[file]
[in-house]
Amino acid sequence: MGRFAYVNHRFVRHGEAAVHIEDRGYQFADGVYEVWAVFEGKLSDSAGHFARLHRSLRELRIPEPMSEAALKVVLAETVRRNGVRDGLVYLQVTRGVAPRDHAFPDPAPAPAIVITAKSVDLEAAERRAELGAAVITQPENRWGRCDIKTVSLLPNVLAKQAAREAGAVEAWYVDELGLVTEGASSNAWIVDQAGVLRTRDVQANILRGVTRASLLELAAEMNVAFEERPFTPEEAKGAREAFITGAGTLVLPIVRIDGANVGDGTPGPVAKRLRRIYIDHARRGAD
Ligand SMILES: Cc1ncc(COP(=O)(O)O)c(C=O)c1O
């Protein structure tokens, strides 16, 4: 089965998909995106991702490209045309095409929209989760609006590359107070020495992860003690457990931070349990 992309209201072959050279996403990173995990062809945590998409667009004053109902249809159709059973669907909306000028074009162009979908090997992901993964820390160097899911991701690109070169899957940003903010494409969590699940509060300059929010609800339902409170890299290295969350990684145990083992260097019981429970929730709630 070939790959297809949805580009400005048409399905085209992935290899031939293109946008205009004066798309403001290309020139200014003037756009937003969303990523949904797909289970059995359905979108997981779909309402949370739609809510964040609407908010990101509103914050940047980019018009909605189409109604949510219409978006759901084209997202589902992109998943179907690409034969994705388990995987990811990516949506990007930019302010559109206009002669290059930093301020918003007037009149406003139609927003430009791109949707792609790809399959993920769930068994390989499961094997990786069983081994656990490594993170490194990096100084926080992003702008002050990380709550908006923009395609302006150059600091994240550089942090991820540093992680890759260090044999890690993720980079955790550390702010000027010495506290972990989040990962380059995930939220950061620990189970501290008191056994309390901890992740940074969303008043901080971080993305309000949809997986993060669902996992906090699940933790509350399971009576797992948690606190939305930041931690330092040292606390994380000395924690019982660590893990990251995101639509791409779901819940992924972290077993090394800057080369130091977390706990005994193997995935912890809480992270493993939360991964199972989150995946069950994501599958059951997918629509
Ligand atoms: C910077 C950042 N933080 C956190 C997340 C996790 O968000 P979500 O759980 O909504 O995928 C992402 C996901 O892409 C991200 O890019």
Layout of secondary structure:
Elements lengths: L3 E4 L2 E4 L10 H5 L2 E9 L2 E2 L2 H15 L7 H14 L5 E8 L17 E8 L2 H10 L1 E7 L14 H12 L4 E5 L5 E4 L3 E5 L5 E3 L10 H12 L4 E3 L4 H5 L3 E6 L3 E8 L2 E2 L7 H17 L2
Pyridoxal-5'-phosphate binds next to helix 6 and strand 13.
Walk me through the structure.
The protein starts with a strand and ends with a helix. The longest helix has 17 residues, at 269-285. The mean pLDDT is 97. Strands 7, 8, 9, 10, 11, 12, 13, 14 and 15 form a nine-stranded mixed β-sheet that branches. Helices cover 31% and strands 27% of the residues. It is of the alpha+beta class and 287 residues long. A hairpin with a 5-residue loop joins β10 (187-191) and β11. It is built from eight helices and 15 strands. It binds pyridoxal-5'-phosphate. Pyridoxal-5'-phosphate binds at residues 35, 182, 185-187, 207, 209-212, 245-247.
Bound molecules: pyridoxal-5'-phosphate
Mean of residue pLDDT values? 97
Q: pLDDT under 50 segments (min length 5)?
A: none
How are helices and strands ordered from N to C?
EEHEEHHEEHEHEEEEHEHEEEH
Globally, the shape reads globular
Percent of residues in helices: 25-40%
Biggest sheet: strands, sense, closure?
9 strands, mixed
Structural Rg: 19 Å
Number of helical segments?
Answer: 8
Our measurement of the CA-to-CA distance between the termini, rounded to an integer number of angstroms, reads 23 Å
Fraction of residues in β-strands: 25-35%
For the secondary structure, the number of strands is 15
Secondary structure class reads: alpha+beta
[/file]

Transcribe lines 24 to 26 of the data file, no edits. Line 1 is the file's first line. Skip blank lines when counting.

Our measurement of the CA-to-CA distance between the termini, rounded to an integer number of angstroms, reads 23 Å
Fraction of residues in β-strands: 25-35%
For the secondary structure, the number of strands is 15